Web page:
Stricter date parsing

question

#1

I don’t know if this is intended or not, but date parsing is somewhat too permissive:

julia> VERSION
v"0.7.0-beta.275"

julia> using Dates

julia> tryparse(Date, "19800101", dateformat"yyyy-mm-dd")
19800101-01-01

Is this a bug or a feature? How can I get stricter validation?


#2

Yikes, that seems rather iffy! Do date formats implicitly not require the entire format to match?


#3

It might not be as clear cut - what about 123 A.D.?


#4

I would definitely call that a bug, you should probably file an issue.


#5

The bigger issue to me is that it ignores the trailing -mm-dd part of the date format. That part of the data seems like it would be mandatory, not optional. The year could potentially be 19800101, although it might be sensible to only parse years as long as the given number of format digits.


#6

Thanks for the discussion. Opened issue


#7

The DateFormat docs could probably be clearer here, but essentialy dateformat"y-m-d" ends up parsing the exact same dates as dateformat"yyyy-mm-dd"; the presence of a y or m just means, “parse the digits until another delimiter is encountered”. So the doc clarification should mention there’s currently no way to restrict the number of digits parsed.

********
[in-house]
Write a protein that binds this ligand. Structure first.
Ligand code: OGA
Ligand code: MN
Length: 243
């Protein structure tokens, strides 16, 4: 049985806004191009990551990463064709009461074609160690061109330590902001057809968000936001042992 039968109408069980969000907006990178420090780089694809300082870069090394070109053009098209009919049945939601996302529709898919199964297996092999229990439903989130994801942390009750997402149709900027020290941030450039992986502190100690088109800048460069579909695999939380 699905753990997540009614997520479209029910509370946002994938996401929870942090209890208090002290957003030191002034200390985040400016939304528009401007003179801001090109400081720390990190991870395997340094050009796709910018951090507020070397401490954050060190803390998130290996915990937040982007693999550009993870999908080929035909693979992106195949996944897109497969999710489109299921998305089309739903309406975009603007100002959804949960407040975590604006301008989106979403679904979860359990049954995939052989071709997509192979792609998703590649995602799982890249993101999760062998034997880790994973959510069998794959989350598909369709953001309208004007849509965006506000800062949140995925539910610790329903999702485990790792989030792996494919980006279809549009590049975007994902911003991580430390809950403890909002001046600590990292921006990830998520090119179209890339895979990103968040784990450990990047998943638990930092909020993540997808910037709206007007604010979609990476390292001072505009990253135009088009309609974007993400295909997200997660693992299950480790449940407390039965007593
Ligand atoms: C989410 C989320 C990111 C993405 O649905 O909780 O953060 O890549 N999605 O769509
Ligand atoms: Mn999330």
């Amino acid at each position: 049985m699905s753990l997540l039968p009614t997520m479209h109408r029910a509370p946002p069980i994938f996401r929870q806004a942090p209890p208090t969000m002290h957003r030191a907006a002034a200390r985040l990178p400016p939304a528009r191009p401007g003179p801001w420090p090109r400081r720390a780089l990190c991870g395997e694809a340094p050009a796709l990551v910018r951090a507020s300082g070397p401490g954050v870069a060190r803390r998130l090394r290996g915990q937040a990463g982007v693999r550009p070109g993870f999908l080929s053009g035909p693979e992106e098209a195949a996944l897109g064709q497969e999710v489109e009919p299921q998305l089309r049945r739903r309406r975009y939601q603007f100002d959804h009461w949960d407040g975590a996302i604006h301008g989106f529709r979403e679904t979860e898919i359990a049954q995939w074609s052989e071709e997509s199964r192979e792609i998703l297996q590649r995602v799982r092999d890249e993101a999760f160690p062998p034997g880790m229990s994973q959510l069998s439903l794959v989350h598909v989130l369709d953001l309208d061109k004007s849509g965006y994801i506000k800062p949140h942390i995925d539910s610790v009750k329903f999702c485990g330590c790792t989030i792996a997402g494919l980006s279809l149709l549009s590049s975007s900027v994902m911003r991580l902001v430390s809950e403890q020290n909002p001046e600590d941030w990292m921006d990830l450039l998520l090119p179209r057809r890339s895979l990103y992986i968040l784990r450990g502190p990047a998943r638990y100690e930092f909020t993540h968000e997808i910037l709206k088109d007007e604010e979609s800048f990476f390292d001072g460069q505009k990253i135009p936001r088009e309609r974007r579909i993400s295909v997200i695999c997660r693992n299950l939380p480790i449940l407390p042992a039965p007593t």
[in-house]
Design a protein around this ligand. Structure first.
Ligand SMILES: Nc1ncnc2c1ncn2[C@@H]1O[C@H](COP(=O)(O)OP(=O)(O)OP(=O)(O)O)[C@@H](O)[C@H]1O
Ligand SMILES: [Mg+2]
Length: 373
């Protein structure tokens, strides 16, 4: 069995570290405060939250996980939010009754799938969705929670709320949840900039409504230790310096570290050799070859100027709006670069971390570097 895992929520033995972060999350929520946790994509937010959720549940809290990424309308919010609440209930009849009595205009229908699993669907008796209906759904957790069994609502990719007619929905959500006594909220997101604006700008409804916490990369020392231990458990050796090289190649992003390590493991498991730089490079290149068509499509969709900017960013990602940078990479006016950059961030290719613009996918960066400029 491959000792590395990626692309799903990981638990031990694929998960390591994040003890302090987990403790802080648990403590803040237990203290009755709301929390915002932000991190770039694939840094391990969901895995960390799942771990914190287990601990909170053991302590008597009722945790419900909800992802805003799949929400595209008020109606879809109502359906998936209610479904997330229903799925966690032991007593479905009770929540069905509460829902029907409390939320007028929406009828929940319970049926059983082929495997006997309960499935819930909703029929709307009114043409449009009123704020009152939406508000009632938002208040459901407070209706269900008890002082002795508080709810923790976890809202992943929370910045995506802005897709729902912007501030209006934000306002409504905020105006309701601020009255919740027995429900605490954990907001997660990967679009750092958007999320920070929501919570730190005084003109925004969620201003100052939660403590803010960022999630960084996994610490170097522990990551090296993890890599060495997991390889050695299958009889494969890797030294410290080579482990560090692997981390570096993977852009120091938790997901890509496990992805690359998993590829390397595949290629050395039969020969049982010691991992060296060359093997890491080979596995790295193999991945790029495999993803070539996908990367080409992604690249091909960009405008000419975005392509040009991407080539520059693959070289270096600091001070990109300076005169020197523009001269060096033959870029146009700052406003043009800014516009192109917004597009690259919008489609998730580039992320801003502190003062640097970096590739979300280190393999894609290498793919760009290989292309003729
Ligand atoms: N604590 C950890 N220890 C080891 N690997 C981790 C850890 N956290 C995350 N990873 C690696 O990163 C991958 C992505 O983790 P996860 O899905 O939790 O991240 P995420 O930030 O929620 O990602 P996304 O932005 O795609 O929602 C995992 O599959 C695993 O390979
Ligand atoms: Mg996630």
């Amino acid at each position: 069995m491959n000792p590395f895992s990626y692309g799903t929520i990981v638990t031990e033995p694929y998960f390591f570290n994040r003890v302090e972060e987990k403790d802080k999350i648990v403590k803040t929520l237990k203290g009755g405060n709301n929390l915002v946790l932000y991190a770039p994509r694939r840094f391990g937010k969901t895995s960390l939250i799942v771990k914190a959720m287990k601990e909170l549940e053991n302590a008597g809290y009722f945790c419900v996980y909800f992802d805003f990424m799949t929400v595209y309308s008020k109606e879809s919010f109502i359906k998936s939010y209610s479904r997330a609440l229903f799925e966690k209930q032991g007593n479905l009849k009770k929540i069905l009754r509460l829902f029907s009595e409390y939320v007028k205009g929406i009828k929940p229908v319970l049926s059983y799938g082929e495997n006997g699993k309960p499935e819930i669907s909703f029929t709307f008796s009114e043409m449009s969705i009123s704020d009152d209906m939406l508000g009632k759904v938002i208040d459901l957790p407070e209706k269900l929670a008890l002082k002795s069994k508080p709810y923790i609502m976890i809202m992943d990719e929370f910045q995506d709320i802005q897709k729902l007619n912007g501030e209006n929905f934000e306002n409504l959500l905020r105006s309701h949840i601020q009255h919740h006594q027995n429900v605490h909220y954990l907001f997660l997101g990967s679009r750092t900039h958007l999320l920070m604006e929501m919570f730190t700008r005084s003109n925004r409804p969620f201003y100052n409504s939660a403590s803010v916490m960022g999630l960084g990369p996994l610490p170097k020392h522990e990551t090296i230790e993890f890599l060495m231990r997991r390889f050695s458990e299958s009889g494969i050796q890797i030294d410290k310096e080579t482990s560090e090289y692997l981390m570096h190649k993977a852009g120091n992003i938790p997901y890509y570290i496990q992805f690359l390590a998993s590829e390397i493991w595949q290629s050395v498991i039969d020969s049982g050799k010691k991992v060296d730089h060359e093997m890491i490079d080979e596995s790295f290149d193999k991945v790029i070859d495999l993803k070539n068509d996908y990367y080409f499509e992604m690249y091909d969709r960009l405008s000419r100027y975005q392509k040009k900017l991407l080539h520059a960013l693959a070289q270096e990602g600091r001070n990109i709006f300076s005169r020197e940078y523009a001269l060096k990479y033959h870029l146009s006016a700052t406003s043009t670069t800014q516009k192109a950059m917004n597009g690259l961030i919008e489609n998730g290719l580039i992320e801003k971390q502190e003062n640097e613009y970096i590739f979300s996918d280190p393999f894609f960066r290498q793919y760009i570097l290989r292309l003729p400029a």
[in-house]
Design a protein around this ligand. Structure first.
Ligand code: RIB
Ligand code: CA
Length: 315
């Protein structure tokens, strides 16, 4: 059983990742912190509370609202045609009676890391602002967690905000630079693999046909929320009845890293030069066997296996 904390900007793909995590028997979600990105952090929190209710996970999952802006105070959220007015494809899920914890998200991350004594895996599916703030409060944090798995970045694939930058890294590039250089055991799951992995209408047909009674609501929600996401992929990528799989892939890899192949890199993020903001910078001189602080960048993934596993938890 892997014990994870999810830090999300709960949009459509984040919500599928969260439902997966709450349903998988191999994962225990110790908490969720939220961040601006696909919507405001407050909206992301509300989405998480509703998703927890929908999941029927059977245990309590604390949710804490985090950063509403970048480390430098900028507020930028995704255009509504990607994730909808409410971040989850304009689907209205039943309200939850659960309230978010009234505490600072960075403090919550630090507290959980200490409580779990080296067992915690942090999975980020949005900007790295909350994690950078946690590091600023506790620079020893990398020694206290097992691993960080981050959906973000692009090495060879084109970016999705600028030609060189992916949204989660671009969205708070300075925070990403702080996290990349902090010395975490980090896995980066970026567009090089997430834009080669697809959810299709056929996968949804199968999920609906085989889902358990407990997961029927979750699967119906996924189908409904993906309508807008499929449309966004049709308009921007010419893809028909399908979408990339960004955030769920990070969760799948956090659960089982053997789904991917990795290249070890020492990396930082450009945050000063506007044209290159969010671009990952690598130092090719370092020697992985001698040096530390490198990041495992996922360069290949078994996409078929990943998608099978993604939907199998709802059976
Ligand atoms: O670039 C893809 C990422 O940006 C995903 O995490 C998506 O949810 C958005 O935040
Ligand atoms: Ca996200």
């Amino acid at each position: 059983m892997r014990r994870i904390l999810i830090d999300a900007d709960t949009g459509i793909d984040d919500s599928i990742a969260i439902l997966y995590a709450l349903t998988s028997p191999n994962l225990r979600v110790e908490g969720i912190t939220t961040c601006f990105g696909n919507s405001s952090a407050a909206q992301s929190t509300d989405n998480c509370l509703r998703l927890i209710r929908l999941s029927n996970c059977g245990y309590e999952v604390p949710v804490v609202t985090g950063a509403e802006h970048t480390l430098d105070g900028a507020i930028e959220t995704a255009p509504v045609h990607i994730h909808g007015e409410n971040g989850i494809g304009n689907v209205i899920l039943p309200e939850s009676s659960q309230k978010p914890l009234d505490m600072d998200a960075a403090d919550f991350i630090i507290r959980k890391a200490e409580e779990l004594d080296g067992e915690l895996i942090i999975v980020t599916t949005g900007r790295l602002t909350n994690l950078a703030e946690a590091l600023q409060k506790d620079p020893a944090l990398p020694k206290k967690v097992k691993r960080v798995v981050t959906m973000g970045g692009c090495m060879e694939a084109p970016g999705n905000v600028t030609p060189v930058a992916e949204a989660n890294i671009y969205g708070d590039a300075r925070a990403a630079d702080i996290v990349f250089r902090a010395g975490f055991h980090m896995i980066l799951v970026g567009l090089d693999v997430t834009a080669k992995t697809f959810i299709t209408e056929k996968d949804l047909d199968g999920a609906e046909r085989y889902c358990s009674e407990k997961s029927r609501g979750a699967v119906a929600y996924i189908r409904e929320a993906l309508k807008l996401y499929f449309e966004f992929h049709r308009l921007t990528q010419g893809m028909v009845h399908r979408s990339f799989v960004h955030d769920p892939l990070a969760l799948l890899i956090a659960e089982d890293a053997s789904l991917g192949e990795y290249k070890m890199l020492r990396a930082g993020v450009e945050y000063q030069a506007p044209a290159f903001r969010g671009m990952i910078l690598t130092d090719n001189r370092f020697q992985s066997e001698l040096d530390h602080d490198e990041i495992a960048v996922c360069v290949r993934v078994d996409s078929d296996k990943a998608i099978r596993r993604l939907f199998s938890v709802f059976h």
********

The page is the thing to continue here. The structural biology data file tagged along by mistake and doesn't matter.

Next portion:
There’s also not currently a way to mark a date part as “mandatory”; if some parts are parsed, then defaults are assumed for the rest. That just goes back to the fact that we have Date(2018, 1), which defaults to January 1st, 2018, even though no “day” part was given.

So while this might be surprising and maybe some enhancements need to be made, there’s not really any “bugs” here; this is definitely working as intended.


#8

Makes sense to me.

I take it this is standard date parsing behavior and others do this as well?

This definitely seems like it would be a nasty surprise for somebody somewhere, but if it is some sort of universal standard behavior for date parsing the burden would seem to be on user. If it is a Julia specific quirk the burden would seem to be on Julia.

(I was going to check what Python does but I can’t be bothered looking up how to do it right now lol)


#9

Possibly, but at least the documentation should be improved then. ?DateFormat says

yyyymmdd 19960101 Matches fixed-width year, month, and day

which may lead the user to conclude that repeating characters leads to fixed-width parsing.

Also, it can be argued that if the parser is not validating things like yyyy-mm-dd, perhaps it should, or at least syntax should be implemented for it. But that’s a wishlist item.


#10

Yeah, there’s just a big difference parsing-wise between fixed-width and delimited. With fixed-width, obviously you’re expecting only a certain # of characters and more or less than what is specified is going to blow things up.

With delimited though, what if you had a mix of date strings like ["2018-1-1", "2018-1-2", "2018-1-20"], how do you specify the “day” part for parsing? You either of a dateformat string like "yyyy-mm-dd" or "yyyy-m-d", but you can’t really require one or two digits, because there might be both in a set of date strings to be parsed.

So, generally, the approach is that fixed-width parsing is always more strict, while delimited parsing is more lenient.